Operating for more than 5 years

Which of the following best describes the barrier(s) your solution addresses? Choose up to two

Access.

Social Impact
Please describe the goal of your initiative; outline what you are trying to achieve

o To help agricultural rural communities share their alternative solutions for animal health problems and disseminate the already collected ethnoveterinary practices in British Columbia.
o To update a manual on ethnoveterinary medicine in British Columbia by putting data collection forms into the back of printed copies that will be placed in each library in British Columbia.
The manual describes the preparation, use and efficacy of ethnoveterinary medicines in a form that is relevant to British Columbia and globally, and it can be understood by farmers and the general public. The manual is not designed to replace standard veterinary information. Sixty copies were given to research participants in 2004. Now I hope to place a copy in each BC library and to update the information.

What has been the impact of your solution to date?

Ethnoveterinary medicines used to treat endoparasites and stomach problems in pigs and pets in BC, Canada. 17 citations
Plants used in rearing locally-grown organic small-scale poultry and rabbits in BC, Canada. Current Nutrition & Food Science 8(3): 220-234. Requested reprint of the 2010 paper.
Organic parasite control for poultry and rabbits in British Columbia, Canada. J Ethnobiology and Ethnomedicine 7:21
Medicinal plants used in British Columbia, Canada for reproductive health in pets. Preventive Vet Med 90: 268 – 273. 4 citations
Medicinal plant treatments for fleas and ear problems of cats and dogs in British Columbia, Canada. Parasitology Research 103 (4): 889-898. 5 citations
Ethnoveterinary medicines used for ruminants in British Columbia, Canada. Journal of Ethnobiology and Ethnomedicine 3(1):11. 48 citations
Ethnoveterinary medicines used for horses in Trinidad and in British Columbia, Canada. Journal of Ethnobiology and Ethnomedicine 2 (1): 31. 18 citations

What is your projected impact over the next five years?

The manual will be disseminated throughout BC at low cost. Library borrowers can use the manual to contribute to rural incomes, maintain the resilience of rural communities, promote self-reliance and contribute to an internationally recognized safe and good quality food supply; in addition to providing improved and affordable livestock health care. It will strengthen rural community capacity building, leadership and skills development. As such it fits the mandate of serving as a contributor to the economic survival for needy communities. The interest in sustainable agriculture is driven by several concerns: revival of the small family farm; a general unease with the impacts of agribusiness practices; a desire for greater levels of civic engagement, and the hope for profits.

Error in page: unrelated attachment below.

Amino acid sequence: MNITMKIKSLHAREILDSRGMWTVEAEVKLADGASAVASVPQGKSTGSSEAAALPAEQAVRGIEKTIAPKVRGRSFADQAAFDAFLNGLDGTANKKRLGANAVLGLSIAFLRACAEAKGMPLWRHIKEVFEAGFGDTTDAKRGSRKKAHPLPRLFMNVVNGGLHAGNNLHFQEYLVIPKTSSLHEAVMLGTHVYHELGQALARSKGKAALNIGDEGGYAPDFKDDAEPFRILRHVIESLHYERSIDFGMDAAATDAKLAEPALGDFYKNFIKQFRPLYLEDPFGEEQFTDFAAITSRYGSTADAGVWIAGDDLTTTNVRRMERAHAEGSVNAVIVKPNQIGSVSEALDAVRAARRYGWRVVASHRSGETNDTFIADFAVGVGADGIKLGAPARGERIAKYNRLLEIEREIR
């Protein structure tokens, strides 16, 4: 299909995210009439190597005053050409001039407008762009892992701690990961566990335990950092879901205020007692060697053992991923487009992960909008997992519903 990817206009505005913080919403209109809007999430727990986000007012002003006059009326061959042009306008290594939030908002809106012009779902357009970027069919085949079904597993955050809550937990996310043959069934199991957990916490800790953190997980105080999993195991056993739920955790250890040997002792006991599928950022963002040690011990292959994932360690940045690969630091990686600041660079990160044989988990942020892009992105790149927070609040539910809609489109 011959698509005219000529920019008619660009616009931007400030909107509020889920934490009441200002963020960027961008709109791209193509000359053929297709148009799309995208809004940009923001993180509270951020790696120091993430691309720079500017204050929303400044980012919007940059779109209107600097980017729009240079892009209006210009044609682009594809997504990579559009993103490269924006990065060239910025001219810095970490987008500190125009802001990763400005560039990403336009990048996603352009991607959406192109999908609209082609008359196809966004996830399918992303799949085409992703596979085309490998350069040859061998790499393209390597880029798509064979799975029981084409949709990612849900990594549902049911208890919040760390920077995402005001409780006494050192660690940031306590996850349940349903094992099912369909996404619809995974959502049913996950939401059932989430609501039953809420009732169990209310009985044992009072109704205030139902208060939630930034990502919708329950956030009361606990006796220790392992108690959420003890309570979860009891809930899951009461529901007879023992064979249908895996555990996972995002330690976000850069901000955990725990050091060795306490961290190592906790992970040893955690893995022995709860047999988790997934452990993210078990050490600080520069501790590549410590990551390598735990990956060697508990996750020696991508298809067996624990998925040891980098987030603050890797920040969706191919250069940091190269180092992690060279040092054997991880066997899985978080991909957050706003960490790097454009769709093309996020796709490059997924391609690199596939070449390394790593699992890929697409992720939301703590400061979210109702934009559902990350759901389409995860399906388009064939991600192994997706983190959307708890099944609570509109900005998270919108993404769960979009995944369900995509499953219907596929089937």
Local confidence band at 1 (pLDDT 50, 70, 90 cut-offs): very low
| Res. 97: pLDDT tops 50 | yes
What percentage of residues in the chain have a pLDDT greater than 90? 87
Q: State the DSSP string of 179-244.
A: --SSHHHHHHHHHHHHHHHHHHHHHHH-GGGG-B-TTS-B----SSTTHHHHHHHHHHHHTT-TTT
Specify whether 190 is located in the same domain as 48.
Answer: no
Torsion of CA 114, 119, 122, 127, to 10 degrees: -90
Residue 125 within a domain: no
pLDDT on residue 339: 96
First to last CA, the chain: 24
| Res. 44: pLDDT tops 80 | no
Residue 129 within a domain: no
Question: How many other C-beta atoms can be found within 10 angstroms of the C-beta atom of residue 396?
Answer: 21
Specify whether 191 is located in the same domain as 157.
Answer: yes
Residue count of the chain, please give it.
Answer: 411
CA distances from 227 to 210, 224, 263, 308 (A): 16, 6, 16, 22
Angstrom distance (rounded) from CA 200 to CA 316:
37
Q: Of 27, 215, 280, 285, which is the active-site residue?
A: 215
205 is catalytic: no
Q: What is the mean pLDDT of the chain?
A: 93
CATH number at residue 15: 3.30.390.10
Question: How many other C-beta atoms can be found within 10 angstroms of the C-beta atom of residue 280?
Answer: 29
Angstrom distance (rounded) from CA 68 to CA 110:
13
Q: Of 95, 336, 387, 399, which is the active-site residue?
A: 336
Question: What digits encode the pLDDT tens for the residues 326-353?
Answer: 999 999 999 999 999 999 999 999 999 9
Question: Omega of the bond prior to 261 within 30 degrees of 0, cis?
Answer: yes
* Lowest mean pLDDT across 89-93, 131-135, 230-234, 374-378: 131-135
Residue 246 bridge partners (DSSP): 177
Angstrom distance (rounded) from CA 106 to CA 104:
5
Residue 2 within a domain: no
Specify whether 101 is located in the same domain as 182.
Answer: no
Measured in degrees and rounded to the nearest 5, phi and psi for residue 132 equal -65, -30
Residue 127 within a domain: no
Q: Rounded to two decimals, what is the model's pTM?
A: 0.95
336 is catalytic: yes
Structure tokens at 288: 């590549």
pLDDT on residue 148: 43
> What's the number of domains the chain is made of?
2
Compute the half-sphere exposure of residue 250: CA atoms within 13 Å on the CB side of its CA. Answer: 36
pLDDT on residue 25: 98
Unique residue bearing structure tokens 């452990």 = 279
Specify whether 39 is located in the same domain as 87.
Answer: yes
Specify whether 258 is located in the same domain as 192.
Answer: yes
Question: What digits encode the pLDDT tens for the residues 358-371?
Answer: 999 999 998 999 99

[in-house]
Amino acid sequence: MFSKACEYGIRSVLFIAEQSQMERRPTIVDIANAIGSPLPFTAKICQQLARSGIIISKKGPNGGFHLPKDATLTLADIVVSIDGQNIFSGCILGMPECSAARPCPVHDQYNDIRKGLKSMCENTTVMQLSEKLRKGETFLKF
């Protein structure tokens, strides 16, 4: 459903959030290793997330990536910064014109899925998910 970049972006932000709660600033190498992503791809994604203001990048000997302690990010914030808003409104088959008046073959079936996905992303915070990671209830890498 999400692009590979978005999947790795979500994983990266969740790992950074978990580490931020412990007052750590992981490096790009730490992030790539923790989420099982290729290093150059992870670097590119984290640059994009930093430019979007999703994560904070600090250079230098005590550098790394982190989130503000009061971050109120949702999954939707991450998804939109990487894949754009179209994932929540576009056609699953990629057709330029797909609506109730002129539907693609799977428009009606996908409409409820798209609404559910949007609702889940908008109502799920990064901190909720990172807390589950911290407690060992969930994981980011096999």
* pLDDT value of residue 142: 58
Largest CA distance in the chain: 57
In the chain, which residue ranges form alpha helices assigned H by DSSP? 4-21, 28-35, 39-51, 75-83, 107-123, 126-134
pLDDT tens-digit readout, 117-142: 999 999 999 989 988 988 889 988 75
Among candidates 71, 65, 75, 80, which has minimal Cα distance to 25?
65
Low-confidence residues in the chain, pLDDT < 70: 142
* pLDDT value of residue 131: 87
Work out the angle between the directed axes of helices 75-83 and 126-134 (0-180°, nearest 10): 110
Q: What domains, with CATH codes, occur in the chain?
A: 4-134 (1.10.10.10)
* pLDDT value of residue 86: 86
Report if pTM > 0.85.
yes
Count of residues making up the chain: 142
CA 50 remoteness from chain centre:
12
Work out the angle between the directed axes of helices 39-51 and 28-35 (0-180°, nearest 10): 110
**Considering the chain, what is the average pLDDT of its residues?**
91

What barriers might hinder the success of your project? How do you plan to overcome them?

Library borrowers may not know of the manual or that they can add information on the data forms at the back and return these.
Reminders through the library system that the manual is available and that data forms can be filled in and returned. Reminders through farm and rural newsletters and bulletins. Borrowers may not consider their knowledge to be valuable. Again ask the libraries to link to my slideshare presentations and already published research papers.

Winning entries present a strong plan for how they will achieve and track growth. Identify your six-month milestone for growing your impact
Identify three major tasks you will have to complete to reach your six-month milestone
Task 1

Create data forms, insert them in manual. Print manual.

Task 2

Send manuals to all libraries. Obtain list of all libraries. See if main library can handle distribution to all others.

Task 3

Reminders that the data forms should be filled in and returned.

Now think bigger! Identify your 12-month impact milestone
Identify three major tasks you will have to complete to reach your 12-month milestone
Task 1

Start validating the information on the returned data forms.

Task 2

Add the new data to the existing manual.

Task 3

Print the updated manual and devise a dissemination plan.

Sustainability
Tell us about your partnerships

Professional co-authors Professor Nancy Turner and Dr. Tonya Khan DVM. Farmer co-authors are Willi Boepple, Victoria, BC and Jan Bevan, Hornby Island. A future co-author will be Kerry Hackett a Medical Herbalist located in Southern Ontario I also collaborate with Drs A.G.M. (Tedje) van Asseldonk IEZ: Institute for Ethnobotany and Zoopharmacognosy, the Netherlands. She disseminates my research through her institutional publications.

Are you currently targeting other specific populations, locations, or markets for your solution? If so, where and why?

No. It is specific to BC.

What type of operating environment and internal organizational factors make your innovation successful?

It is claimed that only drug companies with sales of US$5 billion can engage in traditional validation and drug discovery so this research will evaluate the ethnoveterinary plants used with a non-experimental method. This method consists of:

1. obtaining an accurate botanical identification
2. determining whether the folk data can be understood in terms of bioscientific concepts and methods
3. searching the chemical / pharmaceutical/ pharmacological literature for the plant’s known chemical constituents and to determine the known physiological effects of either the crude plant, related species, or isolated chemical compounds that the plant is known to contain. To assess whether the plant use is based on empirically verifiable principles.

Please elaborate on any needs or offers you have mentioned above and/or suggest categories of support that aren't specified within the list

I will need volunteers to contribute time to remind borrowers that the manual is available and that is has forms that can be filled out and returned.

Comments

I have many papers, 11 of them on PubMed, 6 of which are open access and none of which were funded. The research funded ended when the data was collected. I need to pay for the research write up time and find funds for future research.My papers are in the top 10 most downloaded category on more than one journal and have been in the top 25 hottest on Science Direct. They have many citations. Other people do the same kind of research but they do not validate it scientifically the way that I do. My validation process means that people can judge how useful the medicinal plants are even if they are never tested in clinical trials. If companies can't make a profit from the plants they don't test them in clinical trials because of the costs involved.

My research is usually participatory and people benefit at once and from the publications which are usually open access.